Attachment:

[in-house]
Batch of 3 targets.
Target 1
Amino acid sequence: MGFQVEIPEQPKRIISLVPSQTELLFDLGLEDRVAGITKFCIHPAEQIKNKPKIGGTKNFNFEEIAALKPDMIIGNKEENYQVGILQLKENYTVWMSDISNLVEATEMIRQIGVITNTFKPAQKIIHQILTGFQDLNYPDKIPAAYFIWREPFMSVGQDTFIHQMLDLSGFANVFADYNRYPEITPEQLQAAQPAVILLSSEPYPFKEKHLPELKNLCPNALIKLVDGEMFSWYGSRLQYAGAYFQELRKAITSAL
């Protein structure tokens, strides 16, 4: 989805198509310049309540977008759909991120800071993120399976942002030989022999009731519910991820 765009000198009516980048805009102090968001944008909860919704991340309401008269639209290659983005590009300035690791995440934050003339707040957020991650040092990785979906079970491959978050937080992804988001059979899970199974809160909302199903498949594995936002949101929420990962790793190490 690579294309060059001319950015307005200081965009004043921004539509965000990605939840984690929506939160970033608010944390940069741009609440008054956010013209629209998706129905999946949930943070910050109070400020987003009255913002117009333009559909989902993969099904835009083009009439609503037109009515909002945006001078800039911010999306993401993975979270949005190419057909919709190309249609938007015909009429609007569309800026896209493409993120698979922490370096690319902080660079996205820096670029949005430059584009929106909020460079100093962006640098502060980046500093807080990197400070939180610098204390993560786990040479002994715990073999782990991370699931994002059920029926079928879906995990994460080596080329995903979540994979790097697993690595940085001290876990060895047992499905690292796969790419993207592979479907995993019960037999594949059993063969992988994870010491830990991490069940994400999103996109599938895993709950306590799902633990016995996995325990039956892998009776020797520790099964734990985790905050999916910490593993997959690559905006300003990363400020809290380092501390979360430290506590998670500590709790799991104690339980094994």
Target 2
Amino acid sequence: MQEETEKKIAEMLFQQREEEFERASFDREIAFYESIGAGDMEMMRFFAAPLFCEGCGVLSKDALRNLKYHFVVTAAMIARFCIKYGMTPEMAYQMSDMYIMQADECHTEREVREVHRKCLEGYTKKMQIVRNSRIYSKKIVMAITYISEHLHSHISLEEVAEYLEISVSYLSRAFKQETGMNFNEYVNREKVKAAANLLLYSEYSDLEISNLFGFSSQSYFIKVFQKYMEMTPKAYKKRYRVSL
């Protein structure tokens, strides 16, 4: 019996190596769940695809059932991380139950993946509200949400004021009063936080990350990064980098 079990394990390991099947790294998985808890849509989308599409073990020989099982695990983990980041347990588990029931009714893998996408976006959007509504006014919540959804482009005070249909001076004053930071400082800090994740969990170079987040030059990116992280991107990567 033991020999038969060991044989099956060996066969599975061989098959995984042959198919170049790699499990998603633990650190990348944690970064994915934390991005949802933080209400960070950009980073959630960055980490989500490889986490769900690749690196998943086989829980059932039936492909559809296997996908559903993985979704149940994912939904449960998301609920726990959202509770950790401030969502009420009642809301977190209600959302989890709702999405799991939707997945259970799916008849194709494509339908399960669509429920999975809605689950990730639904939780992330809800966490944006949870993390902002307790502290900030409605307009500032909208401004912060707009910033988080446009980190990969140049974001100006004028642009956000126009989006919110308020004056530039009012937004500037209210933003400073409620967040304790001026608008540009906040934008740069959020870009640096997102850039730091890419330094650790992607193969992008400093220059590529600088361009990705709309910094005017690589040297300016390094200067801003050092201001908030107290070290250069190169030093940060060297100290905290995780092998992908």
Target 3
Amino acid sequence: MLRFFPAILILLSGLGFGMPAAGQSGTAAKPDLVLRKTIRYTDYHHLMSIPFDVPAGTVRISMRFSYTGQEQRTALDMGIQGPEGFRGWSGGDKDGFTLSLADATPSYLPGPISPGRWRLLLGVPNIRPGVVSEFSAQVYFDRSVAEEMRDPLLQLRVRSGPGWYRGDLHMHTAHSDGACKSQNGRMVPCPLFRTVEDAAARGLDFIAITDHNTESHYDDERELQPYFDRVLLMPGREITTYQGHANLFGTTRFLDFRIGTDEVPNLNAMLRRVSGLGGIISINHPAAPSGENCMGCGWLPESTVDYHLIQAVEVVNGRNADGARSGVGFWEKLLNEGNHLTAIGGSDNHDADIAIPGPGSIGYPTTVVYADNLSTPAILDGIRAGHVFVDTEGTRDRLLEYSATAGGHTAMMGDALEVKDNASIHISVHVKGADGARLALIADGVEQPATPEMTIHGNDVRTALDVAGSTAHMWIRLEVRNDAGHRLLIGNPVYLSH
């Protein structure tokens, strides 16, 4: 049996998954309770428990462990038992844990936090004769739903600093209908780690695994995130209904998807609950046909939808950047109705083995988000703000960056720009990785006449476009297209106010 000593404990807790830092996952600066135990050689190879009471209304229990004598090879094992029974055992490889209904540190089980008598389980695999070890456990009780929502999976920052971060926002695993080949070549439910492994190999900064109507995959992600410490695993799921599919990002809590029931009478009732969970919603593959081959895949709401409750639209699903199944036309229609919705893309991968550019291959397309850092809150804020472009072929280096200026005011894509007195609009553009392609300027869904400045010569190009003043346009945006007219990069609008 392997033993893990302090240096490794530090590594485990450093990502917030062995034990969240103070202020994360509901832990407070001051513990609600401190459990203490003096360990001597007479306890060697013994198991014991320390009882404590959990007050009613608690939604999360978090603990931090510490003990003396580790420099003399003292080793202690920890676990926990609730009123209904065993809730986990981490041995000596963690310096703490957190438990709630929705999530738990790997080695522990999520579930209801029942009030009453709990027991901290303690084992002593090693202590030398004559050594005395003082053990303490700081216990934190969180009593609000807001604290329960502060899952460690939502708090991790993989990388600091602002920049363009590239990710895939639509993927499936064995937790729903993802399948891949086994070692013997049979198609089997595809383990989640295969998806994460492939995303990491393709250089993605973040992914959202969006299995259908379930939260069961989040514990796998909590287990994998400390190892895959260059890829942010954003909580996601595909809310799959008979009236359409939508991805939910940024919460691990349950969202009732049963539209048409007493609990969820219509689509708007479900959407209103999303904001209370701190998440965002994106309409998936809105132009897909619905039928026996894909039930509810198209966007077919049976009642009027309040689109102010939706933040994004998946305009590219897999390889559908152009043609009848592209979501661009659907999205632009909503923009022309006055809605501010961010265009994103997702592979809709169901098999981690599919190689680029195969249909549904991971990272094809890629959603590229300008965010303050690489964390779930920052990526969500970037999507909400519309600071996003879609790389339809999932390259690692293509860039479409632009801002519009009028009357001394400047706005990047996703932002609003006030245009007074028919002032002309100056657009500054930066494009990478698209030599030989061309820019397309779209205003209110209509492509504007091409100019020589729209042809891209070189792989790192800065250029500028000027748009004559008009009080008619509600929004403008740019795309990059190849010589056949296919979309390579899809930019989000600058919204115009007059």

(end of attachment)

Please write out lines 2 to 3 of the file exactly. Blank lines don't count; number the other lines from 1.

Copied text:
Batch of 3 targets.
Target 1